Beaumont website crashes 'due to overwhelming demand' for COVID-19 vaccines

Sarah Rahal
The Detroit News
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Beaumont Health's online appointment system crashed Friday due to an overwhelming demand for COVID-19 vaccines, officials said.

The health system's myBeaumontChart appointment system is experiencing intermittent outages as a surge of patients flood the website for appointments.

The state's largest hospital system sent out invitations Thursday night following Gov. Gretchen Whitmer's announcement opening vaccinations to people age 65 and older starting next week.

Beaumont Health COO Carolyn Wilson gives COVID-19 shots to the first Beaumont health care workers at the Beaumont Service Center in Southfield on Dec. 15, 2020.

Front-line essential workers, such as K-12 teachers, were also included in Whitmer's announcement and should contact their employer or local health department to discuss their vaccination options, the health system said.

"There are no walk-in appointments at any Beaumont location," the hospital announced in a notice on its website. "Due to overwhelming demand, we are unable to answer individual phone calls or emails about the vaccine or myBeaumontChart."

In the past three weeks, Beaumont has administered more than 18,500 initial doses in a health system with 38,000 employees and 5,000 doctors, and 1,553 workers are fully vaccinated as of Friday. The health system received a shipment of 12,000 doses on Tuesday, spokesman Mark Geary said. Half of those are the second doses for health care workers.

Beaumont has sent 25,000 additional reminders for appointments to schedule for health care workers to receive first doses. Chief Medical Officer Dr. Nick Gilpin told The Detroit News this week he has high hopes the majority of the staff will be vaccinated within six weeks.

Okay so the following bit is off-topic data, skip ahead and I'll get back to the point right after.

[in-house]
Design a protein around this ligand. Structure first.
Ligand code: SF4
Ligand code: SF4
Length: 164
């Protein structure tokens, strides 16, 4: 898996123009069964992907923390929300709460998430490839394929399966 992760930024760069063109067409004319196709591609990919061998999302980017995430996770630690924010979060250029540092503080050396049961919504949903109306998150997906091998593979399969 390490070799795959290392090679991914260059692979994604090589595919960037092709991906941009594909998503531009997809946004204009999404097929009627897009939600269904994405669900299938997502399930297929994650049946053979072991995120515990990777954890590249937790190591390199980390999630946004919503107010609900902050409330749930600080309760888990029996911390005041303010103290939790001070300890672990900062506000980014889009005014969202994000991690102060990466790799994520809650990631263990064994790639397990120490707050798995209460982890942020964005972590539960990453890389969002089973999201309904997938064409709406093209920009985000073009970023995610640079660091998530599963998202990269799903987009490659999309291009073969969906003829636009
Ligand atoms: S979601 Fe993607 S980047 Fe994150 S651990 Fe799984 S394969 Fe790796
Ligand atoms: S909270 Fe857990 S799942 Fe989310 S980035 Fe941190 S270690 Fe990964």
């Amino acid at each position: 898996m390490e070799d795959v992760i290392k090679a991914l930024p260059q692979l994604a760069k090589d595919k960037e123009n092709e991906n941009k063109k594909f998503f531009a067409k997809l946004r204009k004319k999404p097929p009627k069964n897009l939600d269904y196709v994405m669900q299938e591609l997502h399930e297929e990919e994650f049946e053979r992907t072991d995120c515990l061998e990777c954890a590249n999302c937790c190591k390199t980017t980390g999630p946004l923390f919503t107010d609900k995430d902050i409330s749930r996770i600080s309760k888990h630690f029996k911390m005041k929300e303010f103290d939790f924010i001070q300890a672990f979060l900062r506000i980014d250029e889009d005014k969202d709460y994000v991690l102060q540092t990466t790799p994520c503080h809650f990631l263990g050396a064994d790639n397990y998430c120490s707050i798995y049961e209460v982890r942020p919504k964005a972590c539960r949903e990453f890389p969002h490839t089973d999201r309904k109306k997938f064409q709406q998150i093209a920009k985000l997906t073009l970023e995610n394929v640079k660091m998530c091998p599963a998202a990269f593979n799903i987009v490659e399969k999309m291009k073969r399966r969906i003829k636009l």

"I think reasonably we're on track. If you think about it, we're coming out of the holiday season, which is a tricky season for a lot of people ... because they're holidays," said Gilpin, an infectious disease specialist. "I think that now, as people start to turn into 2021, everybody kind of snaps back into focus. I expect that we're going to get a lot more healthier workers back in the coming weeks, and I still think we can keep that six-week timeline intact."

Dr. Nick Gilpin, chief of infectious disease and chief medical officer for Beaumont Grosse Pointe, receives his second dose of the Pfizer vaccine on Jan. 4, 2021.

Gilpin received his second dose of the Pfizer vaccine on Monday and said health care professionals have to set an example for the public for when it's their turn to receive it.

"Pick your poison here. On the one hand, as health care workers, it's important for us to get vaccinated because we are caring for and want to protect our families and our communities," Gilpin said. "On the other hand, as health care workers, I think this is an opportunity for us to put our money where our mouth is and get vaccinated to show the public that we believe in the science, that we believe the vaccine is safe and effective."

Beaumont said it now has the capacity to vaccinate more than 3,200 people each day and "we plan to expand to additional sites soon," an email to patients said.

The health system plans to vaccinate all of its providers, employees and affiliates — including medical, nursing, pharmacy, respiratory therapy and affiliated private practice teams soon.

"Our plan is to launch more robust clinics at some of our hospital campuses and other community locations," Beaumont Health Chief Nursing Officer Susan Grant said.

Data posted by the CDC on Wednesday show that 35 states have administered more vaccine doses than Michigan, despite state officials' claims on Wednesday that the state ranks 11th for the number of initial shots given.

At a Wednesday afternoon press briefing, Dr. Joneigh Khaldun, Michigan's chief medical executive, said she'd spoken with the CDC just moments before and was told that the state ranked fifth-best in the state for the number of vaccines administered. But that ranking wasn't borne out in the numbers posted by the CDC Wednesday night.

More: Feds rank Michigan low in COVID-19 vaccination rates

According to the CDC’s vaccine tracker, Michigan has received 662,000 vaccines and administered 137,887 as of Thursday.

Michigan surpassed 13,000 deaths linked to the coronavirus Thursday. It added 4,015 new cases of the coronavirus and 176 deaths.

The latest figures bring the total number of confirmed coronavirus cases in Michigan to 512,751 and deaths to 13,094 since the virus was first detected in March, according to tracking by the state Department of Health and Human Services.

Twitter: @SarahRahal_

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